The transition from a merry employee to an embarrassingly intoxicated one happens quickly. One drink too many can cause one’s impulses to take over and result in unpleasant incidents.
(Photo: Shutterstock / NTB)
How drunk are you planning to get at this year's Christmas party?
OPINION: Another round? Find your Christmas party alcohol level before it's too late.
Every year some employees have unpleasant experiences connected with alcohol consumption at Christmas parties. How can you avoid getting drunk at Christmas parties and having blood alcohol levels that you and your colleagues can live with, even after your Christmas party?
In a study on alcohol consumption in the grey zones between work and leisure periods, we have found 6 dimensions that affect how employees drink. These circumstances also apply to Christmas parties:
1) Who has invited you?
In line with good Norwegian Christmas party traditions, it is often the managers who act as the host/hostess at a Christmas party.
Managers fall into the group that most often issues invitations to events where alcohol is served in a work context. Obviously such invitations are intended to be inclusive initiatives and a reward for the work undertaken during the year.
There are many reasons for not drinking alcohol and employees should not have to justify why they don't drink.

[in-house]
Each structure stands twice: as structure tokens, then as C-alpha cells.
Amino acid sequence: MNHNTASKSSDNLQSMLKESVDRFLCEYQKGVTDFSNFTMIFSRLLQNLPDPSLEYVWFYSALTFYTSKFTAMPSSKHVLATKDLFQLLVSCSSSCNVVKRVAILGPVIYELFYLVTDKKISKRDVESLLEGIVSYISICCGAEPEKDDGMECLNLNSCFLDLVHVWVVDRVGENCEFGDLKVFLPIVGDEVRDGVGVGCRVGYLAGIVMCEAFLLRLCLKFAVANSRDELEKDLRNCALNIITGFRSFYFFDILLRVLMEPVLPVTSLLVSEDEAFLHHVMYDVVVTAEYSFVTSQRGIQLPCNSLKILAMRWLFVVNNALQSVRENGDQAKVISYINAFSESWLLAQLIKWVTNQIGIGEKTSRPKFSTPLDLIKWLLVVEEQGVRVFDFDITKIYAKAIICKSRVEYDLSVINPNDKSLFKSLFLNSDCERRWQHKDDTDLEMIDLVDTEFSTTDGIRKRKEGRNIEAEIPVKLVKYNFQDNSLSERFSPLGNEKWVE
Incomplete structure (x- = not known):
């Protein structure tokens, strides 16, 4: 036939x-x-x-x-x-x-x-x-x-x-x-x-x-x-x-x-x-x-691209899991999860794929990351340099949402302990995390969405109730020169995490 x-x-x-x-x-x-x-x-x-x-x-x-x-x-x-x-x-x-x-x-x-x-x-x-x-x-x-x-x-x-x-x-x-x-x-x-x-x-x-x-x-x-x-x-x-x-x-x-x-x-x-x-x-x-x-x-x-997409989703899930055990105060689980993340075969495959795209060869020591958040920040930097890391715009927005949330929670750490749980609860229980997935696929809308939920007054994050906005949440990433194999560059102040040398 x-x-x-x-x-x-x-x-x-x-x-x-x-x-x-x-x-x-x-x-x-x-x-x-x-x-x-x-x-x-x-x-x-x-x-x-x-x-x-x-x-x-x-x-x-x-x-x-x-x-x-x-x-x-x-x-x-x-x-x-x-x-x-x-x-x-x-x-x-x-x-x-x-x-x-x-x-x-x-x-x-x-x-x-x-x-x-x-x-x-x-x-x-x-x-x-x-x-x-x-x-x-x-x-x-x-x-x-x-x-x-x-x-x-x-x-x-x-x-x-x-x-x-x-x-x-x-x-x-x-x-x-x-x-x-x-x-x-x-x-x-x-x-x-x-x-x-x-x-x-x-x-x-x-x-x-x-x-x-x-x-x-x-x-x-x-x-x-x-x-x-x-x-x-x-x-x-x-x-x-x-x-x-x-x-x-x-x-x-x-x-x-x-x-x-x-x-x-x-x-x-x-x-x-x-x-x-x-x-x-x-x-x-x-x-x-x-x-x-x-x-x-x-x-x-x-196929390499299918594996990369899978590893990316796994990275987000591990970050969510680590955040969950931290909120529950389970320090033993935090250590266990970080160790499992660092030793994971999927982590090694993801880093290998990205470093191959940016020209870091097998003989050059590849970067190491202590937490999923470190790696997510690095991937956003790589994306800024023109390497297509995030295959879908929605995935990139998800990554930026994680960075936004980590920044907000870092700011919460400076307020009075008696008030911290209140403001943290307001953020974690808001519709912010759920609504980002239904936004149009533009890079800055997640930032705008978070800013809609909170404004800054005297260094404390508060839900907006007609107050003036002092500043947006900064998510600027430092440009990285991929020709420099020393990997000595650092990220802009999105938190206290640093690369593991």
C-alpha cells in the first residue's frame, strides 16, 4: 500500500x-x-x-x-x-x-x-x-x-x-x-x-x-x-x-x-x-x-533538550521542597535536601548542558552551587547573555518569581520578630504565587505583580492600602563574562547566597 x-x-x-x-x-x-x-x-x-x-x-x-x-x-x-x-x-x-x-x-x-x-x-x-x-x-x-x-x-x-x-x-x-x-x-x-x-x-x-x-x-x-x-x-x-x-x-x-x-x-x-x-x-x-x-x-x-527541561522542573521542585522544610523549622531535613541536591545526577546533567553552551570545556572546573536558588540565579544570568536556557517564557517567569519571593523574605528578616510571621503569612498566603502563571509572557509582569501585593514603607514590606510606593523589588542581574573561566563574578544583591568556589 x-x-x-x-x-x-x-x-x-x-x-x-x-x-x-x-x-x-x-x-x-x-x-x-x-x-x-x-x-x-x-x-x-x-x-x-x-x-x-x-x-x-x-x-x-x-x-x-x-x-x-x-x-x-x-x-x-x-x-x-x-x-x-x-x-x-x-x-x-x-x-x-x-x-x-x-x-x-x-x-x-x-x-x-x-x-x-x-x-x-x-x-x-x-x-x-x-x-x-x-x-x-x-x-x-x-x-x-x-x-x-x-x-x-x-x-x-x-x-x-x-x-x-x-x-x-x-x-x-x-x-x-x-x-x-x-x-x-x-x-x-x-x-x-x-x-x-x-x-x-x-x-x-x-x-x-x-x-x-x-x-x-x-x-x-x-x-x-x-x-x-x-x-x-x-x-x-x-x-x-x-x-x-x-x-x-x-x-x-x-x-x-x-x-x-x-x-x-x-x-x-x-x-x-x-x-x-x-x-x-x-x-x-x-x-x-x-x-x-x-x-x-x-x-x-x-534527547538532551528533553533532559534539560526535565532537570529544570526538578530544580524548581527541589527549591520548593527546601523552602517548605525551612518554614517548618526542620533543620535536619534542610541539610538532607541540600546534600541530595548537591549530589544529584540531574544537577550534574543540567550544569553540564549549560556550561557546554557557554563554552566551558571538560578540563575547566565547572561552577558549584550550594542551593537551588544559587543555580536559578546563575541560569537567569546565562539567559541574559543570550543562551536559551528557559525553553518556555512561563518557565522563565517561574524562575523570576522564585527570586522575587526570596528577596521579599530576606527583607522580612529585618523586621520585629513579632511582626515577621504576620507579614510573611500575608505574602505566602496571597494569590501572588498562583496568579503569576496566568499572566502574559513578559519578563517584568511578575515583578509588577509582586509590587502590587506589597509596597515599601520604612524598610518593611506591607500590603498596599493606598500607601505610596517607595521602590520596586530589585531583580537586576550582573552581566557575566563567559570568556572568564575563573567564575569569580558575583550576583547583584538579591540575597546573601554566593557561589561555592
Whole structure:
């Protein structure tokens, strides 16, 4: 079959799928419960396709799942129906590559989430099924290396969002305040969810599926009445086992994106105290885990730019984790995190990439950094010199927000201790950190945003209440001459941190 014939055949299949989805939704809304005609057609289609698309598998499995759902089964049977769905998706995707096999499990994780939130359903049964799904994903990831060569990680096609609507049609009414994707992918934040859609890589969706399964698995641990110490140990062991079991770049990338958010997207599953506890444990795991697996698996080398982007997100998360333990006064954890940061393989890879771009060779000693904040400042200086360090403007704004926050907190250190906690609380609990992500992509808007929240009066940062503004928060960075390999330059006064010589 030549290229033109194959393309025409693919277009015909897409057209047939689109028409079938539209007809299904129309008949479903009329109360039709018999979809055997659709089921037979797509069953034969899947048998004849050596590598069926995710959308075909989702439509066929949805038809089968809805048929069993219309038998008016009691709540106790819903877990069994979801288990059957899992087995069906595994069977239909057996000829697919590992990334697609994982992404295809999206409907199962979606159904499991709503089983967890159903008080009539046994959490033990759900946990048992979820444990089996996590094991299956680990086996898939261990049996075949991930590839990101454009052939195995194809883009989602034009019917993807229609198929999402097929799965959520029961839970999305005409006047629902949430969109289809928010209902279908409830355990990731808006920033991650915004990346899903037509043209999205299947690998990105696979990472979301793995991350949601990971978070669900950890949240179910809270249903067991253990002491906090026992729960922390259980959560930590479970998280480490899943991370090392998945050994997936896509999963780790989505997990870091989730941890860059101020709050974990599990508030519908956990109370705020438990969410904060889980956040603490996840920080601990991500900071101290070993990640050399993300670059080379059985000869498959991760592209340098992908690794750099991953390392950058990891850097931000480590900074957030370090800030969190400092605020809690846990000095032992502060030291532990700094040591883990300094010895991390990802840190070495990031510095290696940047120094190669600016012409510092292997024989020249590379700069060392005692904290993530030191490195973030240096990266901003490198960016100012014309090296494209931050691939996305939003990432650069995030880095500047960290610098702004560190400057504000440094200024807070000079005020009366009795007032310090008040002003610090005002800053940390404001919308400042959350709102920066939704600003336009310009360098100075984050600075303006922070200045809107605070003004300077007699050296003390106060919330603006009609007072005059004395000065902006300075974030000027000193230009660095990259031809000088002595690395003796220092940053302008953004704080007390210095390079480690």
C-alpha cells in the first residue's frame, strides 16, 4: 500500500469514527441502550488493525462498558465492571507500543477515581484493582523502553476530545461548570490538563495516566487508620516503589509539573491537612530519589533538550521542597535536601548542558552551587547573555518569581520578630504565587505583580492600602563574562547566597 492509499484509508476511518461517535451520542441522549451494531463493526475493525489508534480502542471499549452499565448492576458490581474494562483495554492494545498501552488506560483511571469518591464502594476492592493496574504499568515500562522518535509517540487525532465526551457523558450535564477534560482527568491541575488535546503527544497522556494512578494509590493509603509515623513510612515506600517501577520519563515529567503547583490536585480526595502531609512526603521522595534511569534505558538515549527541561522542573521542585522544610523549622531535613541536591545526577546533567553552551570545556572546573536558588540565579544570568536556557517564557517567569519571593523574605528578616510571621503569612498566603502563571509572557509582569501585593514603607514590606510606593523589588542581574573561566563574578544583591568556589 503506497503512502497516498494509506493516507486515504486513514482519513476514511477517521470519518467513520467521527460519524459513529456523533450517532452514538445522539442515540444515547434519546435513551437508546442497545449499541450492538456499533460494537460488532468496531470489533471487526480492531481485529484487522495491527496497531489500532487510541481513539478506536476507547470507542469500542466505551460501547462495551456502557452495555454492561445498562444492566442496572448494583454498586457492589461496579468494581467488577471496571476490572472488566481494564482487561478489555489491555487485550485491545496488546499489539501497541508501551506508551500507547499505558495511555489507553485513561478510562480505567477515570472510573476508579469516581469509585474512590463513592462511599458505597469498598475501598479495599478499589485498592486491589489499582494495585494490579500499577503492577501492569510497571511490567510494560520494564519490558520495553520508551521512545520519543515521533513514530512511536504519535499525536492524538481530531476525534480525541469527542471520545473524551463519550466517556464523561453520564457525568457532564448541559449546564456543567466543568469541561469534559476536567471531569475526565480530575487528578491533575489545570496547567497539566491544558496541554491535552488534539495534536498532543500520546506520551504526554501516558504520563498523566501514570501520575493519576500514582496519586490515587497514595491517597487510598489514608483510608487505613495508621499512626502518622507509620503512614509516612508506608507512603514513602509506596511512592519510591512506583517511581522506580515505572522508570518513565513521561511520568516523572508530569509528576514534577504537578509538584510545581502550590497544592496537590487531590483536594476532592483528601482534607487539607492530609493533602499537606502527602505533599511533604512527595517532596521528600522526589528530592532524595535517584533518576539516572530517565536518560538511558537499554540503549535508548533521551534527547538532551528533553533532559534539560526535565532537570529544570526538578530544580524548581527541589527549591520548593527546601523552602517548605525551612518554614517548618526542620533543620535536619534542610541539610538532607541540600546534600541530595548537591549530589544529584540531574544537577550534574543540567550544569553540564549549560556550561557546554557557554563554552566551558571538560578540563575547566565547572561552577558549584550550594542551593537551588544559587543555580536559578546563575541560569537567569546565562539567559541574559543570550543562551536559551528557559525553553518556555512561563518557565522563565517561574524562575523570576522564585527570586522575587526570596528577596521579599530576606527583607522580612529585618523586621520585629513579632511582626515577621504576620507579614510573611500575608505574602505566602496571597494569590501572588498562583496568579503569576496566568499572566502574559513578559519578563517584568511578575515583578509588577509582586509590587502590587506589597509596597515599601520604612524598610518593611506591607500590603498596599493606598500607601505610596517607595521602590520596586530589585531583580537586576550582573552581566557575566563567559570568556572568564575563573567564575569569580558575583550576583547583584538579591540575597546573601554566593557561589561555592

At the same time one study shows that when managers invite employees to a Christmas party, many employees feel that they are expected to attend the party. If you were invited to a Christmas party by a colleague you would feel less obliged to attend.
2) Do I have to attend?
Many employees feel that Christmas parties are a challenging practice, but even so a festivity which they feel they should attend and be grateful for. At Christmas parties you have the opportunity to show a less informal side of yourself.
One study shows that building relationships with colleagues and managers over a glass of wine or beer is very important for career opportunities. At Christmas parties new work projects could be discussed and provide opportunity to position oneself vis-à-vis the manager. But there are also other pitfalls associated with Christmas parties:
3) To drink or not to drink?
The Norwegian Institute of Public Health found that one in ten Norwegian employees choose not to attend work events because alcohol is served, and one in ten employees feel excluded because alcohol is consumed by their colleagues.
There are many reasons for not drinking alcohol and employees should not have to justify why they don't drink. The question is how can you make Christmas parties as inclusive as possible? Many employees experience expectations about drinking and 11-12 per cent have experienced pressure to drink. It is likely that pressure to drink also applies to your Christmas party. How do you react to that?
4) Work talk or small talk?
Work talk with your colleagues is inevitable, even at Christmas parties. However, conversations can descend into careless work talk and company secrets can be revealed. But other comments can also cause disgust.